Brize Norton

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Brize Norton
BrizeNorton StBritius & War Memorial.JPG
St. Britius' parish church and parish war memorial
Brize Norton is located in Oxfordshire
Brize Norton
Brize Norton
Location within Oxfordshire
Population938 (2011 Census)
OS grid referenceSP3007
Civil parish
  • Brize Norton
Shire county
Sovereign stateUnited Kingdom
Post townCarterton
Postcode districtOX18
Dialling code01993
PoliceThames Valley
AmbulanceSouth Central
UK Parliament
WebsiteBrize Norton Parish Council Website
List of places
51°45′58″N 1°33′58″W / 51.766°N 1.566°W / 51.766; -1.566Coordinates: 51°45′58″N 1°33′58″W / 51.766°N 1.566°W / 51.766; -1.566

Brize Norton is a village and civil parish 1 mile (1.6 km) east of Carterton in West Oxfordshire. The 2011 Census recorded the parish population as 938.[1] The original part of RAF Brize Norton is in the parish.


Around the time of the Domesday Book in 1086 the village's toponym was Norton, being the north tun (Old English for village) of Bampton.[2] In 1235 the form Suthnorton ("South Norton") was recorded, evidently to distinguish it from other Nortons further north in Oxfordshire such as Chipping Norton.[2] By the 1260s the form Norton Brun was in use, referring to the Brun or Brown family who were the parish's manorial lords.[2] Further variants included Brunesnorton in 1297, Brimes Norton in 1303 and Brynes Norton in 1376, but the Norton Brun form outlived them and was still in use early in the 17th century.[2] The form Brysenorton had appeared by 1523, and by the middle of the 17th century it had become the usual form of the name.[2] However, Norton Brun had evolved into Norton Broyne and remained in use in church records until early in the 19th century.[2]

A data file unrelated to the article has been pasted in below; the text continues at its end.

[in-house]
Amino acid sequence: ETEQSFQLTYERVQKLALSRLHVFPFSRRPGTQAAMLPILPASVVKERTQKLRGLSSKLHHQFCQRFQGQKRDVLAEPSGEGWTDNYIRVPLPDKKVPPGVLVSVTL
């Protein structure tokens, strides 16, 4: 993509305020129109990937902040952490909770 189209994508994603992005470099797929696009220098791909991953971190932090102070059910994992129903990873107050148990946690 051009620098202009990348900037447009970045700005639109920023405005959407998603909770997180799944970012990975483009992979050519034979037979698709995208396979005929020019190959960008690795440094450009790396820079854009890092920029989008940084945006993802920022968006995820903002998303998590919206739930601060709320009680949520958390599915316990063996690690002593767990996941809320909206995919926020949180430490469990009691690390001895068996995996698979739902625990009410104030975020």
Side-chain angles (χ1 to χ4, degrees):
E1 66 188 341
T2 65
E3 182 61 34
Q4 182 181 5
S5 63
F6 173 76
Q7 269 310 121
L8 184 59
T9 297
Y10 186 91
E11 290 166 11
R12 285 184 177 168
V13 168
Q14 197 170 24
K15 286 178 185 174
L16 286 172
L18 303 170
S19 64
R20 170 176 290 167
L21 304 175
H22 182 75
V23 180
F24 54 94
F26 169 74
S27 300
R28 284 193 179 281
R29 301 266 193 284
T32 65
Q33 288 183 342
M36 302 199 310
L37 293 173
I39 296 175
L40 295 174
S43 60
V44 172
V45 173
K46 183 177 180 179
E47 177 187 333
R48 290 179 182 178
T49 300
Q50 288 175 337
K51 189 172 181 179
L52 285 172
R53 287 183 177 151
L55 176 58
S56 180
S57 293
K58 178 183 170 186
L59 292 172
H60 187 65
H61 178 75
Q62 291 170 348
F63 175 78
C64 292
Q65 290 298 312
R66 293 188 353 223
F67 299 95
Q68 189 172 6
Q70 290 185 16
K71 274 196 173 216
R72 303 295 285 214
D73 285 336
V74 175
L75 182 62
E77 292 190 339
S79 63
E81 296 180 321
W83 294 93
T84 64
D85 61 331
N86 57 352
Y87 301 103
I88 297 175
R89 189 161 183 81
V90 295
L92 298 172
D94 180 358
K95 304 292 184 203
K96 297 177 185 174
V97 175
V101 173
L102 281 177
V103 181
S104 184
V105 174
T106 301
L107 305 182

Church and chapel[edit]

The Church of England parish church of Saint Britius is Norman. The south doorway with its decorative tympanum, a doorway in the south wall of the chancel and the font date from this time.[3] The porch is in the Transitional style from Norman to Early English Gothic,[3] which suggests that it was added slightly later. Early in the 13th century the north aisle was added, with a four-bay Early English Gothic arcade linking it with the nave.[4] In the second half of the 13th century, the bell tower was added at the west end of the north aisle, and the present east window three lancets was inserted in the chancel.[4] A chapel forms an eastward continuation of the north aisle.[4] Two of its windows are original 13th-century lancets; two square-headed windows were added in the 14th century and the east window of the chapel is modern.[4]

The Gothic Revival architect G.E. Street restored the building in 1868.[4] The tower has a ring of six bells but they are currently unringable.[5] The tenor bell was cast by Edward Neale of Burford[6] in 1679.[5] Three more were cast by Mears and Stainbank of the Whitechapel Bell Foundry[6] in 1873.[5] The two youngest bells were cast by John Warner and Sons of Cripplegate[6] in London: one in 1881 and the present treble bell in 1884.[5] St. Britius also has a service bell cast by Naylor, Vickers and Company of Sheffield[6] in 1860.[5] Brize Norton Primitive Methodist chapel[7] was built in 1908. It is now a private house.